Trades can also be executed within Consolidation boundaries instead of waiting until they are broken. To justify trading within these volatile setups, however, the distance between Support and Resistance should at least be 300 Pips. The EURO USD provided such a Consolidation, when it formed a 600-Pip Range between March and August of 2008.



There were several important financial events that took place during this period, that sustained the high level of tension in the market. These included;

  1. The US Federal Reserve Board announcing the creation of the Term Securities Lending Facility, which would lend up to US$ 200 billion of Treasury securities for 28-day terms;
  1. The Federal Open Market Committee increasing its swap lines with the ECB;
  1. The Federal Reserve Board approving the financing arrangement announced by JPMorgan Chase and Bear Stearns while also stating that it would closely monitor market conditions and provide liquidity as necessary to ensure the orderly function of the financial system;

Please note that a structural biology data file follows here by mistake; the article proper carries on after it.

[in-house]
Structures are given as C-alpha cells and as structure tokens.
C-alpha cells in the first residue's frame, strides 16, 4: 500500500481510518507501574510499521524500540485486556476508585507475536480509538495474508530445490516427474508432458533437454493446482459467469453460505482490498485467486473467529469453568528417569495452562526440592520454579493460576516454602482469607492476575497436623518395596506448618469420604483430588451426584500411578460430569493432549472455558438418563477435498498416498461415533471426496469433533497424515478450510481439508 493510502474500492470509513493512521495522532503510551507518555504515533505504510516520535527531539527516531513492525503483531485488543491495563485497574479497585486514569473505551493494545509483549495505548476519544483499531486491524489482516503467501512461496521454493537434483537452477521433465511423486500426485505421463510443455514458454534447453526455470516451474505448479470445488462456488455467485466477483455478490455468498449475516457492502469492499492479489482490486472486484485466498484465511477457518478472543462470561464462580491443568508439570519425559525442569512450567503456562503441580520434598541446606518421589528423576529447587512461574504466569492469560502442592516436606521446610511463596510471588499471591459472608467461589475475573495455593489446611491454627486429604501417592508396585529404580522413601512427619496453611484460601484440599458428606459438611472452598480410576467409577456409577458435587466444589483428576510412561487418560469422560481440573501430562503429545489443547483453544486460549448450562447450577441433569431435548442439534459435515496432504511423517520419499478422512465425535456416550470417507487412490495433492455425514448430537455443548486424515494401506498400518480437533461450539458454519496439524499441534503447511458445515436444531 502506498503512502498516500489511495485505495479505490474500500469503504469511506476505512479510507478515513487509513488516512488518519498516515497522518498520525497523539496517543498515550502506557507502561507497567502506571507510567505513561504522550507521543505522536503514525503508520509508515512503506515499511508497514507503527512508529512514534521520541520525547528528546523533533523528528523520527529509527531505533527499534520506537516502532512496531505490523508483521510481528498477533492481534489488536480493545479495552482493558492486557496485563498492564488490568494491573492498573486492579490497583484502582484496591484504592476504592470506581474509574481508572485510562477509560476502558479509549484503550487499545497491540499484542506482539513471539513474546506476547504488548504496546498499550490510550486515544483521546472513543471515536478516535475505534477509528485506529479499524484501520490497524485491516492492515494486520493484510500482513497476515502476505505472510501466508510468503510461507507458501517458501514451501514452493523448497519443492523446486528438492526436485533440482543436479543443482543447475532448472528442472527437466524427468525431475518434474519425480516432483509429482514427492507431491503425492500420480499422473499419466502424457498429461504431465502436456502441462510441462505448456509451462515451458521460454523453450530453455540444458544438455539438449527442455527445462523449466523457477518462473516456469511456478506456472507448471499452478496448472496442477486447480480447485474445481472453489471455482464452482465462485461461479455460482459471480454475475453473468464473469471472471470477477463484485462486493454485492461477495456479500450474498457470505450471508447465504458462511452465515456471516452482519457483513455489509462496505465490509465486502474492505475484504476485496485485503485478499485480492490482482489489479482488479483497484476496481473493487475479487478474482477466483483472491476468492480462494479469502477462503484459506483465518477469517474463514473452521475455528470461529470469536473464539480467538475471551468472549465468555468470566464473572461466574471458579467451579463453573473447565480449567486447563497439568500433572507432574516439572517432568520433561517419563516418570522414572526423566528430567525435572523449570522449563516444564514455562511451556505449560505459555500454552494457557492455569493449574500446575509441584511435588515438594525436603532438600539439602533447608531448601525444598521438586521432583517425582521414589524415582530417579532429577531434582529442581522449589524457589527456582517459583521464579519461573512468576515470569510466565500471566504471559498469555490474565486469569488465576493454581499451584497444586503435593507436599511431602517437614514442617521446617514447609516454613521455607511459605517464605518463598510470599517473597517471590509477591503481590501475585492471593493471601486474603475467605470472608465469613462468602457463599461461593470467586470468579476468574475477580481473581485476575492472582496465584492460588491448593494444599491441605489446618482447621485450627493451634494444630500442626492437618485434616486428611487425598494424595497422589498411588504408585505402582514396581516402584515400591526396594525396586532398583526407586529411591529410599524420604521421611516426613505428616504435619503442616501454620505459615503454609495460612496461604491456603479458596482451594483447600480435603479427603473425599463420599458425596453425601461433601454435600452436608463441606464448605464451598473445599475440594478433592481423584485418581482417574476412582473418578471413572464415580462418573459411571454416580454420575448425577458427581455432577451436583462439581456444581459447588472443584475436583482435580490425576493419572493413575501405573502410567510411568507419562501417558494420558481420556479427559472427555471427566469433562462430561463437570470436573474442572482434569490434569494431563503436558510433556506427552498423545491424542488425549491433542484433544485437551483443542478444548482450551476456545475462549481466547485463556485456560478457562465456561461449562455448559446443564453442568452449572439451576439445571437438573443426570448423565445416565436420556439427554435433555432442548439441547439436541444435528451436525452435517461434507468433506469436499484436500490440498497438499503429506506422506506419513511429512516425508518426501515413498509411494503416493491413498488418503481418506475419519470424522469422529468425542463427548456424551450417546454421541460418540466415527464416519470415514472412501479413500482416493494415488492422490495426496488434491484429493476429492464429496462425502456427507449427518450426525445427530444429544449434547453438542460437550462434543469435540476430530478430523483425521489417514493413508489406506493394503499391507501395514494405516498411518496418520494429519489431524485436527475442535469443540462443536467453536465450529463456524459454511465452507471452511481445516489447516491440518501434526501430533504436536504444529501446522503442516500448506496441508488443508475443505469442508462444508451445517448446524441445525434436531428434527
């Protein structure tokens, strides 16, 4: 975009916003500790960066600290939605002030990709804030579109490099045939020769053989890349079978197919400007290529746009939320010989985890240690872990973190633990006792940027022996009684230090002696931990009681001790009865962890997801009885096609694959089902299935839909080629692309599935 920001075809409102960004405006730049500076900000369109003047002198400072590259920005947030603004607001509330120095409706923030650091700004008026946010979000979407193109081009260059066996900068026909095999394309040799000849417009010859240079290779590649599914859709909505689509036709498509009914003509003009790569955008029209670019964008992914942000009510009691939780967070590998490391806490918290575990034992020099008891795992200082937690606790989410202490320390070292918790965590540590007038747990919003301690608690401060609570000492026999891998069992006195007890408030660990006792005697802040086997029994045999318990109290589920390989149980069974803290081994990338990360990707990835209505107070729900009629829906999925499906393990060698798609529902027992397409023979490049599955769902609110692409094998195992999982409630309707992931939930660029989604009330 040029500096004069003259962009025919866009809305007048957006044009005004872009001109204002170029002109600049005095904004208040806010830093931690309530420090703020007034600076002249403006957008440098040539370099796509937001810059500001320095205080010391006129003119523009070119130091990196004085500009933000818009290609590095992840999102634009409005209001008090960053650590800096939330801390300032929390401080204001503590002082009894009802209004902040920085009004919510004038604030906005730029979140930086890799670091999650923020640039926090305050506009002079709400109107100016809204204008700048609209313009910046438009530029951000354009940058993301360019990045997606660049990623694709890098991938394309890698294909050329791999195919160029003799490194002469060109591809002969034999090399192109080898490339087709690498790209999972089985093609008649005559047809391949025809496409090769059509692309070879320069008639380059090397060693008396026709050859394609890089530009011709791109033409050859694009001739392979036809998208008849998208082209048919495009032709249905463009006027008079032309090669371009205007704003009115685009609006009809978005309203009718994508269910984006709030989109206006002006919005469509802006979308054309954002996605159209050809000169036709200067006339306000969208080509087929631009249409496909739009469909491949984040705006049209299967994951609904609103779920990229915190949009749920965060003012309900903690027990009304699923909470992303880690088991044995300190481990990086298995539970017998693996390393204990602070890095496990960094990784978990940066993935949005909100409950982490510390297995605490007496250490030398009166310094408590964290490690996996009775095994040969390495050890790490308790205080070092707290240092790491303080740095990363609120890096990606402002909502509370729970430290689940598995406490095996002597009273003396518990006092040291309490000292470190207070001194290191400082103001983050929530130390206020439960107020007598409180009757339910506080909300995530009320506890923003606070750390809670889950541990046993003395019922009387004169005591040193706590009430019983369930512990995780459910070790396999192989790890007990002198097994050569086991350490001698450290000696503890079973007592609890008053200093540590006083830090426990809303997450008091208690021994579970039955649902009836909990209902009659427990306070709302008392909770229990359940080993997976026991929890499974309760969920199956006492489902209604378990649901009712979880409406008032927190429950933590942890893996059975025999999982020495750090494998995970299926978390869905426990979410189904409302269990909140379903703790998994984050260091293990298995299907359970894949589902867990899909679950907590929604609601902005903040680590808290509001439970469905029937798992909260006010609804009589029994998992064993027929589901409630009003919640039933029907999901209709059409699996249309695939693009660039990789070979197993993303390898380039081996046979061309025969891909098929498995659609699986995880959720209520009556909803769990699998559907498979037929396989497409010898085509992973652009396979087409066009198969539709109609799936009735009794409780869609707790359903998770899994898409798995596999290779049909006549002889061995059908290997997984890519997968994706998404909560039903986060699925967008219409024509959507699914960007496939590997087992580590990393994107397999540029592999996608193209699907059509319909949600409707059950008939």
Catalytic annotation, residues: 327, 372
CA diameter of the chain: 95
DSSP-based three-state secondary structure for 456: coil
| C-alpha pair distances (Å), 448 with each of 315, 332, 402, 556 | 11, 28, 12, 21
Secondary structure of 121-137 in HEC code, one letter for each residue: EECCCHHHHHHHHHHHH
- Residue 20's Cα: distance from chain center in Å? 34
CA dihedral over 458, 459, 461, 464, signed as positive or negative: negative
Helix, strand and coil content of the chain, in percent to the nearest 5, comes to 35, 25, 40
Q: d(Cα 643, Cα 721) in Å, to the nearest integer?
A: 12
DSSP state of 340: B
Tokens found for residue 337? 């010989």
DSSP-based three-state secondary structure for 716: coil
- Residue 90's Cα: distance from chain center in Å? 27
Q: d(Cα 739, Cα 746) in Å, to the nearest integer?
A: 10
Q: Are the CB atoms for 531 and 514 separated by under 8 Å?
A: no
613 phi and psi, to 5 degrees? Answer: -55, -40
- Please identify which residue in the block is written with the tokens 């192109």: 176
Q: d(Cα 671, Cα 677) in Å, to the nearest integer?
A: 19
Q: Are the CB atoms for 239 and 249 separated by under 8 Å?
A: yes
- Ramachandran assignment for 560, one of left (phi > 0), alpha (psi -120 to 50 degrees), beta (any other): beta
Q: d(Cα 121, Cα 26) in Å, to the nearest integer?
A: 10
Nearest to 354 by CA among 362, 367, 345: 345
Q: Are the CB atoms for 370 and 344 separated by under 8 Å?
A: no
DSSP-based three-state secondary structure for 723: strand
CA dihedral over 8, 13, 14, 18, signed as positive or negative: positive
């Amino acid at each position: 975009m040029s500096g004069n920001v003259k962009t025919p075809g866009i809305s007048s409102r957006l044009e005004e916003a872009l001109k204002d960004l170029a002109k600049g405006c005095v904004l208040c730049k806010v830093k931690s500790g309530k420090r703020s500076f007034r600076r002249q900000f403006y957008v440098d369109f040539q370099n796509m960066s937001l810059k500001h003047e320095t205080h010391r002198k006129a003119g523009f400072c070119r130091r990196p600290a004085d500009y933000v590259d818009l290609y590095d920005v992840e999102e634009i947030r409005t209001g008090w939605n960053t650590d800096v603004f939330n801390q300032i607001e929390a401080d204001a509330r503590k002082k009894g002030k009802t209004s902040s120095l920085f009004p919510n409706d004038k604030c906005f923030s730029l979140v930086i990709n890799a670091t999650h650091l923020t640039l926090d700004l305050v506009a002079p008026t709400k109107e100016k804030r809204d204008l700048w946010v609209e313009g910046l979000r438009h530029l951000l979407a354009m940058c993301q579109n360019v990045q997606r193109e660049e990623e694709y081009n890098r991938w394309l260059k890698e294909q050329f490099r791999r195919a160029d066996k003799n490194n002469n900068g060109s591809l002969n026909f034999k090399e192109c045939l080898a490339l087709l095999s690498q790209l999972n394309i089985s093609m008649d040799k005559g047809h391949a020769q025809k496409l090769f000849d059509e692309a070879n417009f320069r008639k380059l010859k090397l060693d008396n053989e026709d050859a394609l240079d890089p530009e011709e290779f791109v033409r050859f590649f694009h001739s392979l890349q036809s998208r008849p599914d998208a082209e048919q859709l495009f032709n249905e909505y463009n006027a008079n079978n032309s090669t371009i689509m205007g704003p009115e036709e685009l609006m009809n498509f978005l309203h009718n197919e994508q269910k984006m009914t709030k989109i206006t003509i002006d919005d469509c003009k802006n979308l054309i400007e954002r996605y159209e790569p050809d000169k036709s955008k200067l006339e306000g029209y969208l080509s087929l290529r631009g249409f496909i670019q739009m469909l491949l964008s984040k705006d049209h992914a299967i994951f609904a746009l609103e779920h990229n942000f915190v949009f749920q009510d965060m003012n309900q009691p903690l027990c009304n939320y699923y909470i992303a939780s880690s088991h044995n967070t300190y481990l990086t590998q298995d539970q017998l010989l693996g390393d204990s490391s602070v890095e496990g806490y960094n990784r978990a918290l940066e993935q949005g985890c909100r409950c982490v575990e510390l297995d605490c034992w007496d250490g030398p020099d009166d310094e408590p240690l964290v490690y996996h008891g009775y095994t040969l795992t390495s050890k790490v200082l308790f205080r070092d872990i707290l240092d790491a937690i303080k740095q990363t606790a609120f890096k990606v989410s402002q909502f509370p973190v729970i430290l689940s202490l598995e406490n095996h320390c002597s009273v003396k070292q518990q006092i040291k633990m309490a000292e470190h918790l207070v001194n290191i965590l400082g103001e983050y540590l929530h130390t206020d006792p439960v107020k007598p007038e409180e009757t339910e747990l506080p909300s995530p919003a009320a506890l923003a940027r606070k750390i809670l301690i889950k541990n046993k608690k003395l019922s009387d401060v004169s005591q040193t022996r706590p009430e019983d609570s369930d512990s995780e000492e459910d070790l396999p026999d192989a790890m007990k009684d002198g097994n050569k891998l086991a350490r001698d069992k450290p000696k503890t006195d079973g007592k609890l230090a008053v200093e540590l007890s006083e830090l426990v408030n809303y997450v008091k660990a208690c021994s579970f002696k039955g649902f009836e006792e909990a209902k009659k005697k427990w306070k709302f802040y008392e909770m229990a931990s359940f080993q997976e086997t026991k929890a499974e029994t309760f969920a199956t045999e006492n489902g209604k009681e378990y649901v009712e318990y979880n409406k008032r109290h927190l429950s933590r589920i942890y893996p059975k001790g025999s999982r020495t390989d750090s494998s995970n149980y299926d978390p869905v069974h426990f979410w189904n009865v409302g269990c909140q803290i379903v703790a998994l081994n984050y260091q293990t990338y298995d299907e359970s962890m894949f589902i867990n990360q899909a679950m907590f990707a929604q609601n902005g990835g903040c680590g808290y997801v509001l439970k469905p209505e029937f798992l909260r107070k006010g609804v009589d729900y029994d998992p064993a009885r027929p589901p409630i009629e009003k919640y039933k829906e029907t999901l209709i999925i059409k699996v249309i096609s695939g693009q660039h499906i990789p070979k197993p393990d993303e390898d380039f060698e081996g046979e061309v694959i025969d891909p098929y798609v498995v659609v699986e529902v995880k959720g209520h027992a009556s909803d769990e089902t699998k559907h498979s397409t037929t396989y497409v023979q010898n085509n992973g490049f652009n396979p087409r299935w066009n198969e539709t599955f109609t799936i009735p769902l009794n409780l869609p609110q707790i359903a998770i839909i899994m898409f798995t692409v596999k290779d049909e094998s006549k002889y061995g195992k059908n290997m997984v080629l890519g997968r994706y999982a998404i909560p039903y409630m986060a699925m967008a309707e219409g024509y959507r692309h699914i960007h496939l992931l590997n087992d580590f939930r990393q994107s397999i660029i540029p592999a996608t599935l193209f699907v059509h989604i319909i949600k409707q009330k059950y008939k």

1. The Federal Reserve Bank of New York announcing that it would provide term financing to facilitate JPMorgan Chase & Co`s acquisition of The Bear Stearns Companies Inc.;
  1. The Office of Thrift Supervision in the US closing IndyMac Bank, F.S.B.;
  1. The US Securities Exchange Commission issues an emergency order temporarily prohibiting naked short selling in the securities of Fannie Mae, Freddie Mac and primary dealers at commercial and investment banks;

Shortly after these events, a Bear Crown Setup appeared on July 29, 2008 at Resistance to signal a move down to Support. This would be the final bearish trend inside the Range, ahead of the breakout short and more aggressive safe-haven buying of the Greenback.



With the strong signal given, entry would have taken place at the close of the candle at 1,5589 and the 200-Pip target set at 1,5389. This would have been hit a few days later, just above the Support at 1,5320.

The examples presented here are a mere small sample of the opportunities that have arisen over the last 6 years. Regardless of the prevailing market conditions, there will always be currency pairs that provide high probability setups that fit the criteria established in the trading strategy. The key is to have the right tools to accurately identify these setups and capture as many of the pips on offer, as often as possible.


Additional details related to these and other trade setups can be found in the Trade Manual available at Lulu.com.